by Libba BraySeries: The Diviners #1 Genre: Historical
, Paranormal Release Date:
September 18, 2012 Publisher: Atom Source: Gift Add it: Goodreads Rating:
It's 1920s New York City. It's flappers and Follies, jazz and gin. It's after the war but before the depression. And for certain group of bright young things it's the opportunity to party like never before.
For Evie O'Neill, it's escape. She's never fit in in small town Ohio and when she causes yet another scandal, she's shipped off to stay with an uncle in the big city. But far from being exile, this is exactly what she's always wanted: the chance to show how thoroughly modern and incredibly daring she can be.
But New York City isn't about just jazz babies and follies girls. It has a darker side. Young women are being murdered across the city. And these aren't crimes of passion. They're gruesome. They're planned. They bear a strange resemblance to an obscure group of tarot cards. And the New York City police can't solve them alone.
Evie wasn't just escaping the stifling life of Ohio, she was running from the knowledge of what she could do. She has a secret. A mysterious power that could help catch the killer - if he doesn't catch her first.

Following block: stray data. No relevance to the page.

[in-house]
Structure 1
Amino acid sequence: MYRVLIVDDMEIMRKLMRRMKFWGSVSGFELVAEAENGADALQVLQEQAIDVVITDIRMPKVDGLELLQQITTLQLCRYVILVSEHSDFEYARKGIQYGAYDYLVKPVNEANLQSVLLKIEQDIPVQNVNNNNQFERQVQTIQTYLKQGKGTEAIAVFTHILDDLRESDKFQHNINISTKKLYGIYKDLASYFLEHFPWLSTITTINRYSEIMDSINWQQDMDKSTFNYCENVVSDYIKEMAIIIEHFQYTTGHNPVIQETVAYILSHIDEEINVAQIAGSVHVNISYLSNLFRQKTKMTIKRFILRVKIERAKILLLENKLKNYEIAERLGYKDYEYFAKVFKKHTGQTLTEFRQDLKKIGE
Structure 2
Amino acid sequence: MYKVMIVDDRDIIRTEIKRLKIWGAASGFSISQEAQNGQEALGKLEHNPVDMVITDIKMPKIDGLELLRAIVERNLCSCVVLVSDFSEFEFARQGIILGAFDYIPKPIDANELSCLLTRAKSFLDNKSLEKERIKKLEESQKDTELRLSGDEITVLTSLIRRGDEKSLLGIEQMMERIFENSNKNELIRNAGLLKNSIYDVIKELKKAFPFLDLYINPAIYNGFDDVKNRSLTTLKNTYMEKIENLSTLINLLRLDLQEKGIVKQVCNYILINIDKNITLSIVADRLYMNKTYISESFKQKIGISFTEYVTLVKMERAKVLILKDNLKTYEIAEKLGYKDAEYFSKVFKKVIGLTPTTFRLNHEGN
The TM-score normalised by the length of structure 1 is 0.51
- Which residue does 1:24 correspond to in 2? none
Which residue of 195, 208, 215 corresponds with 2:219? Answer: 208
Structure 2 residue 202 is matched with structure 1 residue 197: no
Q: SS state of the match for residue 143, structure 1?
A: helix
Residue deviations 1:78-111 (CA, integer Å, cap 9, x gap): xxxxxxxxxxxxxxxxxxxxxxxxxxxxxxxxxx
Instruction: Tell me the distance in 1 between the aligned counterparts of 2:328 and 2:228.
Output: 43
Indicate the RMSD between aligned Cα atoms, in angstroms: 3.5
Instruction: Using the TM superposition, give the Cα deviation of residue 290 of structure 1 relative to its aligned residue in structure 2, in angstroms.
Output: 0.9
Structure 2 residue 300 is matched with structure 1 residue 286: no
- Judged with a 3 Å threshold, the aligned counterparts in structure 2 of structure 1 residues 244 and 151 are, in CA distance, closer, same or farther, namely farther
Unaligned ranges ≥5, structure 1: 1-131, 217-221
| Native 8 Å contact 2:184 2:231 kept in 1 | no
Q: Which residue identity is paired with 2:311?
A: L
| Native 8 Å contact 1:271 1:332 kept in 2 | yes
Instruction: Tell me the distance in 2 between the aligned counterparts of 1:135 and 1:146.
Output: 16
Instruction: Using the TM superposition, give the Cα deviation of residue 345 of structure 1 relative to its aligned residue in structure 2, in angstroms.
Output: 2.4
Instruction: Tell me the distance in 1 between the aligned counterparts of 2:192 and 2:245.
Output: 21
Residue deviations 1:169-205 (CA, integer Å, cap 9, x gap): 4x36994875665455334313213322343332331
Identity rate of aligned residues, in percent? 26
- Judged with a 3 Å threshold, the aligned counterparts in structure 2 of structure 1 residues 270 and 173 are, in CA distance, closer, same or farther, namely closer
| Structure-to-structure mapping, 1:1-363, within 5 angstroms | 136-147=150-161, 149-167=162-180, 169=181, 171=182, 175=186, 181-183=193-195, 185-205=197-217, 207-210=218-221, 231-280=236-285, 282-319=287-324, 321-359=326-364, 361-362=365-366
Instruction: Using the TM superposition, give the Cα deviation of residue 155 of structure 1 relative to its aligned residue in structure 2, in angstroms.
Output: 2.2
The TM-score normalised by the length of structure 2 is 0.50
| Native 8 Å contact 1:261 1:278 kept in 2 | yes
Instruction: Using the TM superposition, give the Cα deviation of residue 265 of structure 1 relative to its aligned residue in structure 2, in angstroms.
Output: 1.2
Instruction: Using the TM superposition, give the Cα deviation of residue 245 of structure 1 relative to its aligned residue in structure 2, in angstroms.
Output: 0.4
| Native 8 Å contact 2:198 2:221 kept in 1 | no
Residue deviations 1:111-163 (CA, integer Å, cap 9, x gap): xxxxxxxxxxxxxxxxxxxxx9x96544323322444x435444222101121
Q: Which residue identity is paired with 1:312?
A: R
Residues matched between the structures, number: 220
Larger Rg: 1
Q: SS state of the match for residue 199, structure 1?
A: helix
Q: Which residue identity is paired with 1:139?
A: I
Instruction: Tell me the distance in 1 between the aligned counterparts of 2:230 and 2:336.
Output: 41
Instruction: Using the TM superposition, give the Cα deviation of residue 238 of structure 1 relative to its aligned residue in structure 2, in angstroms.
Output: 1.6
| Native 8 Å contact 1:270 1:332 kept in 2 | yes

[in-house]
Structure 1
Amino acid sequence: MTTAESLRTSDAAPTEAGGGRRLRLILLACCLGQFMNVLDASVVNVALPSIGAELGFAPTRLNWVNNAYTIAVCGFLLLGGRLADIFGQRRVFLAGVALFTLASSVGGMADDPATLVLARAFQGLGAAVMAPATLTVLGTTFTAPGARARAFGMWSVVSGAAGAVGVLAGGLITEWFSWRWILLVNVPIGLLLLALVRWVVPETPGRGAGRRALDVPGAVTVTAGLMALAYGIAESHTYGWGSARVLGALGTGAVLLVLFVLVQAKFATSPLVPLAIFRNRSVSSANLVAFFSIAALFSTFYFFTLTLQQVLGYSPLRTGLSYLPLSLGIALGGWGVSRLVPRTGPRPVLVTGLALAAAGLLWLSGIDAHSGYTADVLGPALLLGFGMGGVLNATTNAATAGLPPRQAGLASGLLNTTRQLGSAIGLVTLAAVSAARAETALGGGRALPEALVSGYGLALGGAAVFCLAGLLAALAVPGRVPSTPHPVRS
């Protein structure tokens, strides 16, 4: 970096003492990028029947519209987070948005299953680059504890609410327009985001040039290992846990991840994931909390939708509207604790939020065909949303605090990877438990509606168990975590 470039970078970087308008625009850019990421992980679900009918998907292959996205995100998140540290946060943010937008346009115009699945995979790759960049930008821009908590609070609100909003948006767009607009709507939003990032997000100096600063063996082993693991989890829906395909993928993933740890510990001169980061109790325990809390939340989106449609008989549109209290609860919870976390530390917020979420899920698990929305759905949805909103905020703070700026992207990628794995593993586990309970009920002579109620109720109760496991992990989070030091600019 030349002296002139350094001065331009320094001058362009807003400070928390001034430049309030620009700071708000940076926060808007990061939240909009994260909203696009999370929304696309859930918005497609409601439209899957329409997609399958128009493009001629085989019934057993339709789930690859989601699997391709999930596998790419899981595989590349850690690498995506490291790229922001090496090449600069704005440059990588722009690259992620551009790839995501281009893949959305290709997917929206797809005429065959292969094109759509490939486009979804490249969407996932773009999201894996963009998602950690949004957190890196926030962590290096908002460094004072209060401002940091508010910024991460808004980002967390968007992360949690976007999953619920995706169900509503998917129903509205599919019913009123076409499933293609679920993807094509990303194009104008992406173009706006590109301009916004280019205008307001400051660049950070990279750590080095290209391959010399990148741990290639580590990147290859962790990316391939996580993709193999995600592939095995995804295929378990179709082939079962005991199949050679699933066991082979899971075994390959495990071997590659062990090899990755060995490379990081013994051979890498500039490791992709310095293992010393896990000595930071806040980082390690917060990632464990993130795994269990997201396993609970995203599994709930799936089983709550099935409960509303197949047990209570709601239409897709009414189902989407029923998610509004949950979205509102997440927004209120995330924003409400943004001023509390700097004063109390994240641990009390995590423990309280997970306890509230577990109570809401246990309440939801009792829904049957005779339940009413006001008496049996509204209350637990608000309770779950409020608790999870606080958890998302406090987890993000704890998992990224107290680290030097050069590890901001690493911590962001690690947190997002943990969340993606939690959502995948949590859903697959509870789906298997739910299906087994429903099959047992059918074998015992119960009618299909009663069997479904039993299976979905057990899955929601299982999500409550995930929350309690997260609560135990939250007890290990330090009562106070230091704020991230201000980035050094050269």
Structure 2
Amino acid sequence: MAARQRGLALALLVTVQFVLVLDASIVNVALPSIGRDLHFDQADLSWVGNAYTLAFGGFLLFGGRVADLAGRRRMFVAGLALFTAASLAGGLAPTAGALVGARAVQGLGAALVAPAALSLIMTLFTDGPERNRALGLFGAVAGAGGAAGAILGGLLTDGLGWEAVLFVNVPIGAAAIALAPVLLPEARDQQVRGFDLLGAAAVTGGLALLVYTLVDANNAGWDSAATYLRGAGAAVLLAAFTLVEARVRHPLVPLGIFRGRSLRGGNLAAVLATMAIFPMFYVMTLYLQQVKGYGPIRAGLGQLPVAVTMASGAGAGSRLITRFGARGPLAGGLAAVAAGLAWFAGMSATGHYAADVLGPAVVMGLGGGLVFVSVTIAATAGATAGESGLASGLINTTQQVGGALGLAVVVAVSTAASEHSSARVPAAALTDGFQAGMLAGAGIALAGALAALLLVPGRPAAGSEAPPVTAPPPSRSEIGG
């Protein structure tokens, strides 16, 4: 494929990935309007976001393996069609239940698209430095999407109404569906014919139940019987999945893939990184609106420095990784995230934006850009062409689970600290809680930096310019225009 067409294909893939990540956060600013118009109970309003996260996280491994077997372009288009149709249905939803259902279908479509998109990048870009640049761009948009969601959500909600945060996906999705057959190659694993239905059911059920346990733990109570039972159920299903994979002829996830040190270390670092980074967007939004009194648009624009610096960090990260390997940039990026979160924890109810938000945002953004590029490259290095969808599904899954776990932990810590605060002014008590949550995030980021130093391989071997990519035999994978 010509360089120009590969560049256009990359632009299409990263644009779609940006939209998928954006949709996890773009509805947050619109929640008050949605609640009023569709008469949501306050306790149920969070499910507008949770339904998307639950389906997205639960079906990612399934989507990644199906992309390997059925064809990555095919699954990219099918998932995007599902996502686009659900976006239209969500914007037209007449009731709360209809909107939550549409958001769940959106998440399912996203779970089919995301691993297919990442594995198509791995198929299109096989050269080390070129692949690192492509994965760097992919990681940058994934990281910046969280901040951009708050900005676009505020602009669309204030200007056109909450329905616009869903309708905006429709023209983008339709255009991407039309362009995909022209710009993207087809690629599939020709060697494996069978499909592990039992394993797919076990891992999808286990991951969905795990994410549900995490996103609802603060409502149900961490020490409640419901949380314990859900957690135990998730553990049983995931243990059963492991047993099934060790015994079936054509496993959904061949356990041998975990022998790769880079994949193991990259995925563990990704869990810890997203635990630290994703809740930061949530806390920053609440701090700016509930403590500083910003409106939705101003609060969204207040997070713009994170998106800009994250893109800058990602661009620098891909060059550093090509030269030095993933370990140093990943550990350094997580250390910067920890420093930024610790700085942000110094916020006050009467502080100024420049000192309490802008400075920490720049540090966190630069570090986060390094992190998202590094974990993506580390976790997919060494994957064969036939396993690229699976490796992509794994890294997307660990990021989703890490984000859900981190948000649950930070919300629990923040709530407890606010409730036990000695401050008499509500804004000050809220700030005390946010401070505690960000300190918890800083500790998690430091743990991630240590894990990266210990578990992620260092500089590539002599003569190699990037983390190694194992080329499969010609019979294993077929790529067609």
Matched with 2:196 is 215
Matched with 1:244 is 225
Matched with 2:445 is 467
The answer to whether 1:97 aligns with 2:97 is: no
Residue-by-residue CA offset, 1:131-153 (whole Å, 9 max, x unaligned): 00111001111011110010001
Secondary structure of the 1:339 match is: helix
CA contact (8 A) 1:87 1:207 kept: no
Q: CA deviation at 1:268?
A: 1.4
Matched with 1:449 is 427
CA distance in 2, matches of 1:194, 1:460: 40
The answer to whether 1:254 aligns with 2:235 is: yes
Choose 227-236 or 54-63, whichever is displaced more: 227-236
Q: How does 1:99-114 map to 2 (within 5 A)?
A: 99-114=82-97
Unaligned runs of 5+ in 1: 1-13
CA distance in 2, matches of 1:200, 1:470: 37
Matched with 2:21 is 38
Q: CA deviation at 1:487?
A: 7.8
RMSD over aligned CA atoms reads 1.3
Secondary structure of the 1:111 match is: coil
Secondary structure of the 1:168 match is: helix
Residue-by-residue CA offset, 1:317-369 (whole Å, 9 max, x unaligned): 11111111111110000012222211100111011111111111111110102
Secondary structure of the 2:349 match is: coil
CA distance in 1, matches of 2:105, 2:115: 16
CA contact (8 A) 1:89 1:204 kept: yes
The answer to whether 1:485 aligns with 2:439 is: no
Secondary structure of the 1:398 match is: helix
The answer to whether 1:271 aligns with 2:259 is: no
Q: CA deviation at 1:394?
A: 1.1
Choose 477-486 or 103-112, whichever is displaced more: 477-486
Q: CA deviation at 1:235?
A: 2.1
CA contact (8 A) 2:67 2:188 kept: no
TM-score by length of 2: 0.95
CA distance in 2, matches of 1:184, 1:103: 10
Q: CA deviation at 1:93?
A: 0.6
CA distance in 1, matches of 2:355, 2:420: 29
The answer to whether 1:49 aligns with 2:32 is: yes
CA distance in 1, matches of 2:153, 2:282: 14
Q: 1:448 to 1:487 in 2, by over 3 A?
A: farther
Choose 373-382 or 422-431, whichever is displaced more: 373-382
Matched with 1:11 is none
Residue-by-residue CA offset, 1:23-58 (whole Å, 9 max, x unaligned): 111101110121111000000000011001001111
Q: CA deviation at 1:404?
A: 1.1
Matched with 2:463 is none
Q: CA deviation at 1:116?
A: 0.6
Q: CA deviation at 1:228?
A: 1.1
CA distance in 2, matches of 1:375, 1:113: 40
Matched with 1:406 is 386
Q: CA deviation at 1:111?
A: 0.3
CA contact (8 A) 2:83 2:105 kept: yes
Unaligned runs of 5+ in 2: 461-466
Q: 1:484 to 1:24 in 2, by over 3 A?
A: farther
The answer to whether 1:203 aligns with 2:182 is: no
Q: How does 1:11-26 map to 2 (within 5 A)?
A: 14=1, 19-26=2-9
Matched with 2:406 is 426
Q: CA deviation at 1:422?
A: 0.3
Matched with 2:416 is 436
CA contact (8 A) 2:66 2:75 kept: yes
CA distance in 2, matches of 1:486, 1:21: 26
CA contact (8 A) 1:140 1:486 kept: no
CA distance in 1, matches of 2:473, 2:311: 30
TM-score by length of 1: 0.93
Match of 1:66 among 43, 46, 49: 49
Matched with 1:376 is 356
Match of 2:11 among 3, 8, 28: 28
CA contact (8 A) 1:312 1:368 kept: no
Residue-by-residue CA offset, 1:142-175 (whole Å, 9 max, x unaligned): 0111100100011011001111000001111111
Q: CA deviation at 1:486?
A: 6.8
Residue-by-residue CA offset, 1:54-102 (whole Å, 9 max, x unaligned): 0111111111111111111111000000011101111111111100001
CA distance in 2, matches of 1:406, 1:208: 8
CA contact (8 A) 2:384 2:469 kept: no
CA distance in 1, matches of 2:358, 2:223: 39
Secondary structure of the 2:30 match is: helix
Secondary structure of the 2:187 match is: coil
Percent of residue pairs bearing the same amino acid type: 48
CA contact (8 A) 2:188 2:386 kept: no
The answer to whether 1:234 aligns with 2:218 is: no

In a town house at a fashionable address on Manhattan’s Upper East Side, every lamp blazes.
I was very hesitant to read anything by Libba Bray after the shitfest that was Beauty Queens, which is one of the worst books I have ever read. I wasn’t a fan of the weird satire, or the overwhelming amount of annoying characters. But while The Diviners had some trace of the same writing style, which is expected since it’s by the same author, I ended up really enjoying it, and now I really want to read the Gemma Doyle series as well.
My favourite thing about The Diviners is the setting and the way Bray describes it. She puts a lot of work into it, and really makes you feel as though you’re really there in the Roaring Twenties. You get a great feel for all the glitz and glam, and you can tell everything is well researched.